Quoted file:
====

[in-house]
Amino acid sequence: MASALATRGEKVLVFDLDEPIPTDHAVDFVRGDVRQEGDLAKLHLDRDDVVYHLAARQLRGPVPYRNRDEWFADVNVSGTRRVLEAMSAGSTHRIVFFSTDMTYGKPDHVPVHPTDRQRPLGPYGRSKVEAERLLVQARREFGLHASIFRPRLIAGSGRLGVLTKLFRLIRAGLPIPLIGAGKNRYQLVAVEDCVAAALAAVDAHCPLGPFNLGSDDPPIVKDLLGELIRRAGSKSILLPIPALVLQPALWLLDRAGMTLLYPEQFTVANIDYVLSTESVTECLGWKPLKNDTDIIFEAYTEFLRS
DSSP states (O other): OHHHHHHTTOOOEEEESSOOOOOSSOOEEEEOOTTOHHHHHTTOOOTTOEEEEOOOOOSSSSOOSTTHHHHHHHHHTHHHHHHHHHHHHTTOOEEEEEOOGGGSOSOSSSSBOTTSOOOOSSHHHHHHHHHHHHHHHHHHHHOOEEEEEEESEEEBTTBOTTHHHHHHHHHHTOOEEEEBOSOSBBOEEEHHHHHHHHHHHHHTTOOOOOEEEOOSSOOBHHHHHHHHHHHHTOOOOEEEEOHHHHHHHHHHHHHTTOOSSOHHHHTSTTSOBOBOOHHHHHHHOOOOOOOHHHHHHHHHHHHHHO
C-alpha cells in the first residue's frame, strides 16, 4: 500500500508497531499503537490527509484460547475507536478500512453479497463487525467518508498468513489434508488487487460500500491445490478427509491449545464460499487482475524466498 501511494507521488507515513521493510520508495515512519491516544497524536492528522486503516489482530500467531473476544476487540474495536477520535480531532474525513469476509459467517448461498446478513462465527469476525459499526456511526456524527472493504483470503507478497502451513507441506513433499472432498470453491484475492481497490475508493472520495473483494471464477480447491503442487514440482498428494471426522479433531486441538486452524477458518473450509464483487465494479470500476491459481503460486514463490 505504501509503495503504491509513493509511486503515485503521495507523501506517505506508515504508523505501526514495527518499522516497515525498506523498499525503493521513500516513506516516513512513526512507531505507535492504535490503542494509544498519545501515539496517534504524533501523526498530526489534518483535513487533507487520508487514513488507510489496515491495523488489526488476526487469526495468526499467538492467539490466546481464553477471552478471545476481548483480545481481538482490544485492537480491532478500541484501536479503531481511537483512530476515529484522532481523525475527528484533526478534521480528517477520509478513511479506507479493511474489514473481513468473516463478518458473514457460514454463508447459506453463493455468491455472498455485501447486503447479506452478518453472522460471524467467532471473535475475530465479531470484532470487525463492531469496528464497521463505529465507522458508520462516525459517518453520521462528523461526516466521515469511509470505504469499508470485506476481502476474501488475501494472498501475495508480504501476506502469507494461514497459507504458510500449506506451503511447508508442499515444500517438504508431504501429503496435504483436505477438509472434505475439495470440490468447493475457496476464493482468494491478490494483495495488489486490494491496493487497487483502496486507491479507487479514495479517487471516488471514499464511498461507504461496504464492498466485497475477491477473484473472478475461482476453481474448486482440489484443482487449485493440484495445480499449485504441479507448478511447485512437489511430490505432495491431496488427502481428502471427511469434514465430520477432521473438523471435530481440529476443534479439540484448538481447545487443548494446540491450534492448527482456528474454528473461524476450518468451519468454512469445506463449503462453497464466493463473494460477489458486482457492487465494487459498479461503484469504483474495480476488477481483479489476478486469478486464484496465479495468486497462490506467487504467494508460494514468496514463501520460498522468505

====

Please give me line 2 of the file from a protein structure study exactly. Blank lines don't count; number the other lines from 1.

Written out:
Amino acid sequence: MASALATRGEKVLVFDLDEPIPTDHAVDFVRGDVRQEGDLAKLHLDRDDVVYHLAARQLRGPVPYRNRDEWFADVNVSGTRRVLEAMSAGSTHRIVFFSTDMTYGKPDHVPVHPTDRQRPLGPYGRSKVEAERLLVQARREFGLHASIFRPRLIAGSGRLGVLTKLFRLIRAGLPIPLIGAGKNRYQLVAVEDCVAAALAAVDAHCPLGPFNLGSDDPPIVKDLLGELIRRAGSKSILLPIPALVLQPALWLLDRAGMTLLYPEQFTVANIDYVLSTESVTECLGWKPLKNDTDIIFEAYTEFLRS